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  Future of OGL bindings  (Read 4426 times)
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Offline Don Kiddick

Junior Devvie





« Posted 2006-04-26 05:05:33 »

Do you think the performance of J2D with the pipeline enabled will ever be comparable (say within 10%) with that of an OGL binding?
Just wondered,
D.
Offline TheAnalogKid

JGO Coder


Projects: 2



« Reply #1 - Posted 2006-04-26 15:10:21 »

Good question.

Offline campbell

Junior Devvie




Java games rock!


« Reply #2 - Posted 2006-04-26 16:28:18 »

Do you think the performance of J2D with the pipeline enabled will ever be comparable (say within 10%) with that of an OGL binding?
Just wondered,
D.

I'd say it's already there in Mustang, but you know I'm a bit biased in this case.  For a game that renders a couple thousand sprites onto the backbuffer each frame, there should be no discernable performance difference between Java 2D's OGL pipeline and an OGL binding (LWJGL, JOGL).  If your OGL app uses immediate mode rendering, then our OGL pipeline may actually be a slight win since we batch up our primitives to avoid unnecessary state changes and JNI overhead.

Anyway, why not write a simple app using both approaches and see what you get?  That way at least we'll have some hard numbers to chew on.

Thanks,
Chris
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Offline darkprophet

Senior Devvie




Go Go Gadget Arms


« Reply #3 - Posted 2006-04-26 16:36:47 »

Quote
If your OGL app uses immediate mode rendering, then our OGL pipeline may actually be a slight win since we batch up our primitives to avoid unnecessary state changes and JNI overhead.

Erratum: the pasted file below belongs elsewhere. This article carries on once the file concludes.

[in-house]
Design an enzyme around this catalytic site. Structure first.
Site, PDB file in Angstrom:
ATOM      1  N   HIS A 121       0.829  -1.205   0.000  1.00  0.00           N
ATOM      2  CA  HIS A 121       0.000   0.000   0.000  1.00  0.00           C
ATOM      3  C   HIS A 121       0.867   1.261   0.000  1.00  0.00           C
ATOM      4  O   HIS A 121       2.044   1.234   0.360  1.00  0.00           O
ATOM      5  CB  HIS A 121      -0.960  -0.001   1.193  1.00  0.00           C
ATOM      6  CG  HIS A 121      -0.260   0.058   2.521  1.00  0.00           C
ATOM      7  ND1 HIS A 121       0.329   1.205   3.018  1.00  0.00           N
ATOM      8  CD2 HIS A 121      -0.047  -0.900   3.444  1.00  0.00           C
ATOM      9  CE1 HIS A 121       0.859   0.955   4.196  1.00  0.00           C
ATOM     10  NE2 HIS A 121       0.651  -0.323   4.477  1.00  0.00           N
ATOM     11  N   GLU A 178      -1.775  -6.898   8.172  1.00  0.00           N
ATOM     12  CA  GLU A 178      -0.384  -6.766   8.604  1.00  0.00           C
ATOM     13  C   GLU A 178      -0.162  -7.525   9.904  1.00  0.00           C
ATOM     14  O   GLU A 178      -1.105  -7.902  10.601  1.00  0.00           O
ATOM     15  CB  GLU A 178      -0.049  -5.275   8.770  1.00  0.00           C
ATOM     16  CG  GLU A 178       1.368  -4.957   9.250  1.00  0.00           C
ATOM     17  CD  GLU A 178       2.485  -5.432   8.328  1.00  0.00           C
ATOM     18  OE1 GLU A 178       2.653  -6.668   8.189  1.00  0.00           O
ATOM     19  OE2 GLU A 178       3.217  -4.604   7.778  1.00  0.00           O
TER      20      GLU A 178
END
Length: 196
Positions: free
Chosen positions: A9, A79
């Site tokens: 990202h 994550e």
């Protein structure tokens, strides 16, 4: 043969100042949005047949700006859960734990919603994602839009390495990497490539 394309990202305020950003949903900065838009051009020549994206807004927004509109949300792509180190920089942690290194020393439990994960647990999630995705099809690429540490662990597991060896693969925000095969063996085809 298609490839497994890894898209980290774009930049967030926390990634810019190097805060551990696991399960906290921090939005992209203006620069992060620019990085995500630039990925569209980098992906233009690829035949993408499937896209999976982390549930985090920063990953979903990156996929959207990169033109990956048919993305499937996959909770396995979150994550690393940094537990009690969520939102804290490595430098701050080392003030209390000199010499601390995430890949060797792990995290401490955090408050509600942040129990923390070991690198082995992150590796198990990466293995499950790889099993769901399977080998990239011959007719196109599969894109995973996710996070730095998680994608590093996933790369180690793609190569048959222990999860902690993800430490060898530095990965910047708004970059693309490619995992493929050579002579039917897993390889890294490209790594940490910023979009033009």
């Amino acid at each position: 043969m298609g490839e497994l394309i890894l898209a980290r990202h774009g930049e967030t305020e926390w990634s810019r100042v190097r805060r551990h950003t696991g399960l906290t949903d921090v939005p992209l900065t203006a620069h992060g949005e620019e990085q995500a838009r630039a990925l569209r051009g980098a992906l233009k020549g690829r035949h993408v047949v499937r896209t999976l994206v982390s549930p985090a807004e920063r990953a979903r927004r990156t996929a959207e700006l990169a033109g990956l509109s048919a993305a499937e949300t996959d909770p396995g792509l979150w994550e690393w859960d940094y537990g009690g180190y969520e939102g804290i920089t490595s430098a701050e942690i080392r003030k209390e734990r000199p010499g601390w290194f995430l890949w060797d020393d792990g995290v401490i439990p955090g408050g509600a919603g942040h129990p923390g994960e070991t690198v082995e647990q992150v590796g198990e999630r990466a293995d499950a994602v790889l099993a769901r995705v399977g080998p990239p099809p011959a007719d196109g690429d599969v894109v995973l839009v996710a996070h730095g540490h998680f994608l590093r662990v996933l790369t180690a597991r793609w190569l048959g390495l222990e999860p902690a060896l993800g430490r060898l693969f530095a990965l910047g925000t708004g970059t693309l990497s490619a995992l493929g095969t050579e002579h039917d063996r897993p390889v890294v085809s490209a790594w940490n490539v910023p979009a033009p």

Immediate mode is hardly performant tho is it? Any decent application would either use display lists of VBO's; how does j2D compare with those?

DP

Friends don't let friends make MMORPGs.

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Offline TheAnalogKid

JGO Coder


Projects: 2



« Reply #4 - Posted 2006-04-26 16:37:49 »

What's considerable is that with the OGL pipeline you get accelerated translucent images in Java 5. In Java 6 this acceleration is offered in the new D3D pipeline. Be aware that if you deploy a game via webstart than you can't enable the OGL pipeline since setting the system flag would be ignored by webstart for security reasons. But you're not limited to webstart as deployment options.

Offline campbell

Junior Devvie




Java games rock!


« Reply #5 - Posted 2006-04-26 18:37:16 »

Be aware that if you deploy a game via webstart than you can't enable the OGL pipeline since setting the system flag would be ignored by webstart for security reasons.

This was fixed in Mustang (JDK 6).  You can now pass sun.java2d.opengl=true to a webstarted application.

Chris
Offline TheAnalogKid

JGO Coder


Projects: 2



« Reply #6 - Posted 2006-04-26 18:39:49 »

Cool but this forces users to very likely download ans install Java 6, which bad because of the size of the JRE.

Any chance of backporting this flag to webstart Java 5?

Offline campbell

Junior Devvie




Java games rock!


« Reply #7 - Posted 2006-04-26 18:42:52 »

Quote
If your OGL app uses immediate mode rendering, then our OGL pipeline may actually be a slight win since we batch up our primitives to avoid unnecessary state changes and JNI overhead.
Immediate mode is hardly performant tho is it? Any decent application would either use display lists of VBO's; how does j2D compare with those?

DP

That's the point I was getting at, but I didn't state it explicitly; I was comparing apples and apples, Java2D's OGL pipeline to an app that uses OGL bindings in immediate mode.  Immediate mode isn't all bad, but of course if you use vertex arrays/buffers you have the potential to be faster than simply using immediate mode.  But again, someone should hack up a testcase that compares all of these approaches (Java2D, LWJGL/JOGL w/ and w/o immediate mode) and then we will have some data.

Thanks,
Chris
Offline campbell

Junior Devvie




Java games rock!


« Reply #8 - Posted 2006-04-26 18:47:14 »